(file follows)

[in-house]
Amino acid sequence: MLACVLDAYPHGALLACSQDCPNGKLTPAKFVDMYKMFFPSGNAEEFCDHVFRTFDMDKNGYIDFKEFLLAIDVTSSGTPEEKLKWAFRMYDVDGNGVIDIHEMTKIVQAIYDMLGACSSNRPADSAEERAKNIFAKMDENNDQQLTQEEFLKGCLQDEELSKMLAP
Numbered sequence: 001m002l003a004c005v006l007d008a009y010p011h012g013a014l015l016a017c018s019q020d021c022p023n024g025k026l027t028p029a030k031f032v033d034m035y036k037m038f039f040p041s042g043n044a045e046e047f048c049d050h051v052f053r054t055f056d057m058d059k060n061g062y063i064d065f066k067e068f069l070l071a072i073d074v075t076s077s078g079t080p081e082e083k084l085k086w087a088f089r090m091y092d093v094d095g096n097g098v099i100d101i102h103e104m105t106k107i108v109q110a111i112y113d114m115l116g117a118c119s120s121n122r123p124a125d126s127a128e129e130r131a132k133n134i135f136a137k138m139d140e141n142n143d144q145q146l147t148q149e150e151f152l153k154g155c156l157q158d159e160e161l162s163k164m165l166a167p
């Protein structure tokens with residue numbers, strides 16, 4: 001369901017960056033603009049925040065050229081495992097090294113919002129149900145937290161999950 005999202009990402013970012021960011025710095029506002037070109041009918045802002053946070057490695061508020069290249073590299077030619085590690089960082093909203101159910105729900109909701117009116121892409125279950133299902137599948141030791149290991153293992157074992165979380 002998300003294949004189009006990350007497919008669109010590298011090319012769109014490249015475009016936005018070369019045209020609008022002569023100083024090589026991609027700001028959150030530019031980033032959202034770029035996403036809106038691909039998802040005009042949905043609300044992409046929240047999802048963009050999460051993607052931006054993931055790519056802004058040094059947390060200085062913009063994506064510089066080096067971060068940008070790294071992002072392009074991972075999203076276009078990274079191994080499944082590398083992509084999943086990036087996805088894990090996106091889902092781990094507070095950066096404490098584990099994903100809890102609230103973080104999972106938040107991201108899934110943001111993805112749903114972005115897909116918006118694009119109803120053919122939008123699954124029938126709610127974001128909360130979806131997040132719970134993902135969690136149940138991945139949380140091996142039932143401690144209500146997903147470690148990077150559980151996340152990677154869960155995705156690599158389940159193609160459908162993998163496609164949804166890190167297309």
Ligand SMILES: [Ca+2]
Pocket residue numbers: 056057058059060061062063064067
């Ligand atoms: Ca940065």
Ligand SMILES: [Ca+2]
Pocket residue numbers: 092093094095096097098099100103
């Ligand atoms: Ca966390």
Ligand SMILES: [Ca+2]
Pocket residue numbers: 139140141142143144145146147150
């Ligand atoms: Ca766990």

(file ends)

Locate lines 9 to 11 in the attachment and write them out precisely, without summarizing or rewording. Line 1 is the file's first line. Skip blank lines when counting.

Pocket residue numbers: 092093094095096097098099100103
């Ligand atoms: Ca966390």
Ligand SMILES: [Ca+2]